↑ comment by Raemon ·
2019-05-28T01:11:42.972Z · LW(p) · GW(p)
Reading through this, I went "well, obviously I pay the mugger...
...oh, I see what you're doing here."
I don't have a full answer to the problem you're specifying, but something that seems relevant is the question of "How much do you want to invest in the ability to punish defectors [both in terms of maximum power-to-punish, a-la nukes, and in terms of your ability to dole out fine-grained-exactly-correct punishment, a-la skilled assassins]"
The answer to this depends on your context. And how you have answered this question determines whether it makes sense to punish people in particular contexts.
In many cases there might want to be some amount of randomization where at least some of the time you really disproportionately punish people, but you don't have to pay the cost of doing so every time.
Answering a couple of the concrete questions:
Right now, in real life, I've never been mugged, and I feel fine basically investing zero effort into preparing for being mugged. If I do get mugged, I will just hand over my wallet.
If I was getting mugged all the time, I'd probably invest effort into a) figuring out what good policies existed for dealing with muggers, b) what costs I'd have to pay in order to implement those policies.
In some worlds, it's worth investing in literal body armor or bullet proof cars or whatever, and in the skill to successfully fight back against a literal mugger. (My understanding is that this usually not actually a good idea even in crime-heavy areas, but I can imagine worlds where it was correct to just get good at fighting, or to hire people who are good at fighting as bodyguards)
In some worlds it's worth investing more in police-force and avoiding having to think about the problem, or not carrying as much money around in the first place.
Small Nation Demands Subsidies, Threatens Nuclear War
Again, I think my options here depend a lot on having already invested in defense.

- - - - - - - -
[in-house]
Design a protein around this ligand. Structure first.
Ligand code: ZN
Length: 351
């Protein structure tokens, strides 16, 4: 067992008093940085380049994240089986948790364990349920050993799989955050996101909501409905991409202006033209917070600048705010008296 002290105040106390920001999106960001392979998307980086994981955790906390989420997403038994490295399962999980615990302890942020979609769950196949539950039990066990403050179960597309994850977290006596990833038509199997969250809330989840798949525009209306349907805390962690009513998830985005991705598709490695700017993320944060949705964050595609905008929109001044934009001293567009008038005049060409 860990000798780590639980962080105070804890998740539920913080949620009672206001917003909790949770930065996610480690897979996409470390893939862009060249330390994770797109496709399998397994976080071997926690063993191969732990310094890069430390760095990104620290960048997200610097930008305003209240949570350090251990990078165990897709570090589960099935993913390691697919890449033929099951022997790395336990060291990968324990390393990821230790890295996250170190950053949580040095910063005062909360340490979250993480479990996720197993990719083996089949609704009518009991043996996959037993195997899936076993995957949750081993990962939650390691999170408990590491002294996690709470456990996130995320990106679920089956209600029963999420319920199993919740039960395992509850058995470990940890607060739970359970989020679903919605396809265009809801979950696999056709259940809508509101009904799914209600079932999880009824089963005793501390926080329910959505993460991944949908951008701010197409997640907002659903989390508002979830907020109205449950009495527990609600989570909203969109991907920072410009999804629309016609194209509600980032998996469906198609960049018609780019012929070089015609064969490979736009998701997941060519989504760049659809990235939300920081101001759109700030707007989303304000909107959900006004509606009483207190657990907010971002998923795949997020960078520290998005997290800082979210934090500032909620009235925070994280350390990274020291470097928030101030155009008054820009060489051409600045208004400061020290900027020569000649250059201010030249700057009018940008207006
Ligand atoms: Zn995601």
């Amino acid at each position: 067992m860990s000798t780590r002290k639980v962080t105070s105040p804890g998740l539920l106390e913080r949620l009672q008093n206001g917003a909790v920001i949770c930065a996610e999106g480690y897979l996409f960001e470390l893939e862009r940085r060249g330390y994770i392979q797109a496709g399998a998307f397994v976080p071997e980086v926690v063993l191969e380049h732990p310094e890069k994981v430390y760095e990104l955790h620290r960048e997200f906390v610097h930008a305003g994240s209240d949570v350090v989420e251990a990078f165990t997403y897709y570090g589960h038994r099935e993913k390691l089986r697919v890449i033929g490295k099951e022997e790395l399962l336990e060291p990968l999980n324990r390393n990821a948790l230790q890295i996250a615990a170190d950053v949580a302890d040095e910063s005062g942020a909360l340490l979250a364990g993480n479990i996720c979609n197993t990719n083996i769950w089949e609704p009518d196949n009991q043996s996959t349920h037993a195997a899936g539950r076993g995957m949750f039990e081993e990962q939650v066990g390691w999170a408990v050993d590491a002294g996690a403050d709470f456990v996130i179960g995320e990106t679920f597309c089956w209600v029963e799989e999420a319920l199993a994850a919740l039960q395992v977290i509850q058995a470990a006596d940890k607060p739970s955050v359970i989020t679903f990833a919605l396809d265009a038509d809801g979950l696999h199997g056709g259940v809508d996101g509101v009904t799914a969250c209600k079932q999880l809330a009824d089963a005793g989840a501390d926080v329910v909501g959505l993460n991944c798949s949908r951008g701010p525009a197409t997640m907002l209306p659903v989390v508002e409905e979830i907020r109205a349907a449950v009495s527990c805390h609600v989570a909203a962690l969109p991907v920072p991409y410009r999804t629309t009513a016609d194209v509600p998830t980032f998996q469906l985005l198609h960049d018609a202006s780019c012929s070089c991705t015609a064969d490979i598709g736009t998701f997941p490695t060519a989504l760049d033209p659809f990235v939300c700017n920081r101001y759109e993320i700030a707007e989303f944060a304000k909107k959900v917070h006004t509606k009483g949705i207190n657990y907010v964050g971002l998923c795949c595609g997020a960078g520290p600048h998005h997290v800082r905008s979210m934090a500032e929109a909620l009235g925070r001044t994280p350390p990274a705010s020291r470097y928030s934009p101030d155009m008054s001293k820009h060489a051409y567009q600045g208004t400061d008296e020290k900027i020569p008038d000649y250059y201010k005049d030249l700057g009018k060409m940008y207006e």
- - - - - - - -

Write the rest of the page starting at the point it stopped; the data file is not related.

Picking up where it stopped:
One scenario is "I do not have the ability to say 'no' without risking millions of either my own citizens lives, or innocent citizens of the country-in-question." In that case, I probably have to do something that makes my vague-hippie-values sad.
I have some sense that my vague-hippie-values depend on having invested enough money in defense (and offense) that I can "afford" to be moral. Things I may wish my country had invested in include:
- Anti-ICBM capabilities that can shoot down incoming nukes with enough reliability that either a small-scale nuclear counterstrike, or a major non-nuclear retaliatory invasion, are viable options that will at least only punish foreign civilians if the foreign government actually launches an attack
- Possibly invested in assassins who just kill individuals who threaten nuclear strikes (I'm somewhat confused about why this isn't more used, suspect the answer has to do with the game theory of 'the people in charge [of all nations] want it to be true that they aren't at risk of getting assassinated, so they have a gentleman's agreement to avoid killing enemy leaders)
So I probably want to invest a lot in either having strong capabilities in those domains, or having allies who do.
In real life I expect that the solution here is "I never invite said person to parties again, and depending on our relative social standing I might publicly badmouth them or quietly gossip about them."
In weird contrived scenarios I'm not sure what I do because I don't know how to anticipate weird contrived scenarios.
I do invest, generally, on communicating about how obviously people should follow up on their commitments, such that when someone fails to live up to their commitment, it costs less to punish them for doing so. (And this is a shared social good that multiple people invest in).
If I'm in a one-off interaction with someone who is currently too drunk to remember being punished and who I'm not socially connected to, I probably treat it like being mugged – a fluke event that doesn't happen often enough to be worth investing resources in being able to handle better.
Extra Example: Having to Stand Up to a Boss/High-Status-Person/Organization
A situation that I'm more likely to run into, where the problem actually seems hard, is that sometimes high status people do bad things, and they have more power than you, and people will naturally end up on their side and take their word over yours.